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Understanding Infant Crying


Having a new baby in the house can be exciting - and a little overwhelming. As a parent, you want to make your baby happy. When your baby cries, you want to fix whatever is wrong. It can be difficult for parents to understand that crying is a normal, healthy part of infant development. Knowing how to cope with your baby's crying can help you keep your baby safe, happy and healthy, and can make your experience as a new parent more rewarding.

Crying is normal

One reason crying is so frustrating is because many new parents don't know what to expect. How much should my baby cry? Am I doing something wrong? Although inconsolable crying in young infants is frustrating, it is also normal. Healthy babies cry - and some babies cry for long periods of time. Understanding what is normal won't make your baby stop crying, but it can make you feel better about yourself and your baby.

  • What is PURPLE Crying? New research is helping parents understand that patterns of crying in young infants are a normal part of development. The Period of PURPLE Crying is used to describe the inconsolable crying that some parents experience when their infant is between about 2 weeks and 4 months old.
    • P - Peak of crying is usually at about 2 months of age.
    • U - Unexpected crying comes and goes with no apparent cause.
    • R - Infants resist soothing.
    • P - Infants look like they are in pain.
    • L - Crying can last a long time - up to 30 or 40 minutes.
    • E - Evening crying is common.
  • How much should my baby cry? Although your baby may cry more than you expected, long bouts of infant crying are normal, especially in the evening. Each baby is different, but some infants may cry up to three hours a day. The periods of crying can last as long as 30 to 40 minutes.
  • How long will it last? Fortunately, the long episodes of crying won't last forever. For most infants, crying peaks at about 2 months. After that, it tends to taper off. Developing strategies to cope with your infant's crying will help you get through this challenging time.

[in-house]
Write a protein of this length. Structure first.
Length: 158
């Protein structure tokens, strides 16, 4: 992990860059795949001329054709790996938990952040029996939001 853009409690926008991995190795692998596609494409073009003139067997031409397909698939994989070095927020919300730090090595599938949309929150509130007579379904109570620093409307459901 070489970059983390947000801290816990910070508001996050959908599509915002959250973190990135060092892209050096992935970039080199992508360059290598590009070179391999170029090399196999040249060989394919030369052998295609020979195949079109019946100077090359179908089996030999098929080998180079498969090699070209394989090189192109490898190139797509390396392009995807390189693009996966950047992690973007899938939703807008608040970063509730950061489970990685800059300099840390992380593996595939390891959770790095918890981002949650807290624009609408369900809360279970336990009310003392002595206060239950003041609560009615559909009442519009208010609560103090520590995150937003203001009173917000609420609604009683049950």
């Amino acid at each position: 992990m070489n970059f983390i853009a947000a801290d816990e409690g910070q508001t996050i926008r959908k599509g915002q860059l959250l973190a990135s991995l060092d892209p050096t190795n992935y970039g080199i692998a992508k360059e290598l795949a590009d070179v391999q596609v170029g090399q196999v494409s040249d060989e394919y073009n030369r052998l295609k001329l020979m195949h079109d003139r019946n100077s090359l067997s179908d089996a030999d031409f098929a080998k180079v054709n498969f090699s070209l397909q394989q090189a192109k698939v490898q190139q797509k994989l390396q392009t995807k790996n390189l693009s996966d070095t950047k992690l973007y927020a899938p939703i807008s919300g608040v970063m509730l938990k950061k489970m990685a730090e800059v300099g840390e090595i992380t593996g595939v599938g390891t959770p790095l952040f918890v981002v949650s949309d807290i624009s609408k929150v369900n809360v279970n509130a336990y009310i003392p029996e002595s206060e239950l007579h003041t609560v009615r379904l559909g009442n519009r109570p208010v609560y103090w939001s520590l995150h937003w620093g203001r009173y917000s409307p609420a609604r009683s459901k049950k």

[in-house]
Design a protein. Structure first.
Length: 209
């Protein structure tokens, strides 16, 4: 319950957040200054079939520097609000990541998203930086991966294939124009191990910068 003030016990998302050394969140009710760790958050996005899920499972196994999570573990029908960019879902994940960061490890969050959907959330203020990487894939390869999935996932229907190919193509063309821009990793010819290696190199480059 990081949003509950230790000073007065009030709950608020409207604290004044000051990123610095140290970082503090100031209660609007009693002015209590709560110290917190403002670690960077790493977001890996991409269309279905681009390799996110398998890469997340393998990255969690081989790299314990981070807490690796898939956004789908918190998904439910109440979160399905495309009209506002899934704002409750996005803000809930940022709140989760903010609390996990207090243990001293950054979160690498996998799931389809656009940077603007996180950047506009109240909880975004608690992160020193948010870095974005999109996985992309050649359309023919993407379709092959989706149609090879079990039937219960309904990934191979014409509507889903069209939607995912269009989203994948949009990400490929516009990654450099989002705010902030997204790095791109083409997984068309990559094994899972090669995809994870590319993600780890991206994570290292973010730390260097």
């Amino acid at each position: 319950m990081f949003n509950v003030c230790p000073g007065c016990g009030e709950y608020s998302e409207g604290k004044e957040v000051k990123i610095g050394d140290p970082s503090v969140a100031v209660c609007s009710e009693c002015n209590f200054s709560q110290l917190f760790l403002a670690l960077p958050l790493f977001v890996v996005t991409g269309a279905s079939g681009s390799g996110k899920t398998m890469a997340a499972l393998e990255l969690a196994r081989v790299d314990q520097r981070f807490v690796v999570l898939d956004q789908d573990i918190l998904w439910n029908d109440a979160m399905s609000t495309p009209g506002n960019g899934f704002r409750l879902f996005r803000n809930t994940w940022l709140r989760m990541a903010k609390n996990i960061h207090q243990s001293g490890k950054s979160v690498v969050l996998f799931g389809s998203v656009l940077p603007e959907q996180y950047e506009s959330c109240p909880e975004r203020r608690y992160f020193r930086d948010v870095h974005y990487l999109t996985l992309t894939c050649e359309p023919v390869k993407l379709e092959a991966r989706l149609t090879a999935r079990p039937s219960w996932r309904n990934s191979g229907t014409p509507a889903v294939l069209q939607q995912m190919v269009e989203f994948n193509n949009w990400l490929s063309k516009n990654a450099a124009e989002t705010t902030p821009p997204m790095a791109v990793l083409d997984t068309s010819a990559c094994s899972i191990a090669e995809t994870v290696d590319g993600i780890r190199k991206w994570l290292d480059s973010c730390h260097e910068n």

• Never shake your baby. No matter how frustrated you get, don't take it out on your baby. Shaking a baby will not stop the crying, and it can cause serious, permanent harm.

What to do when your baby is crying

When your baby is crying, you want to do everything you can to calm him or her. Here are some suggestions to help soothe your baby. Keep in mind that what one baby finds soothing may cause another to cry even more. And there may be times when you will not be able to console your baby.

  • Check and make sure your baby is comfortable. Make sure your baby's clothes aren't pinching, or your baby is not lying on a toy. Is your baby too hot or too cold? Is your baby hungry? Does your baby need to be changed?
  • Check to see if your baby is sick. Check the baby's temperature. Rule out any problem needing a physician's care. If your infant is sick or has a fever, you will want to get in touch your pediatrician or primary care provider.
  • Try a pacifier. Sometimes a crying baby will be soothed with a pacifier. Although some parents are concerned about pacifiers, experts agree that the benefits of using a pacifier with an infant outweigh any risks.
  • Try soothing movements or sounds. Put your baby in a stroller and go for a walk. Or put your baby in a car seat for a ride in the car. You can also try a baby swing, which can calm a crying baby. Sometimes, babies can be soothed by the hum of a vacuum cleaner or music on the stereo.
  • Remember, it's OK for your baby to cry. If you can't soothe your baby, it's easy to feel frustrated and overwhelmed. If you've done everything you can to make sure your child is comfortable, put the baby in a safe place (such as the crib) and close the door. You can still check back every five or 10 minutes. Take some time to take care of yourself.
    • Call a good friend.
    • Listen to music.
    • Exercise.
    • Read a magazine.
    • Remember that the crying will come to an end.

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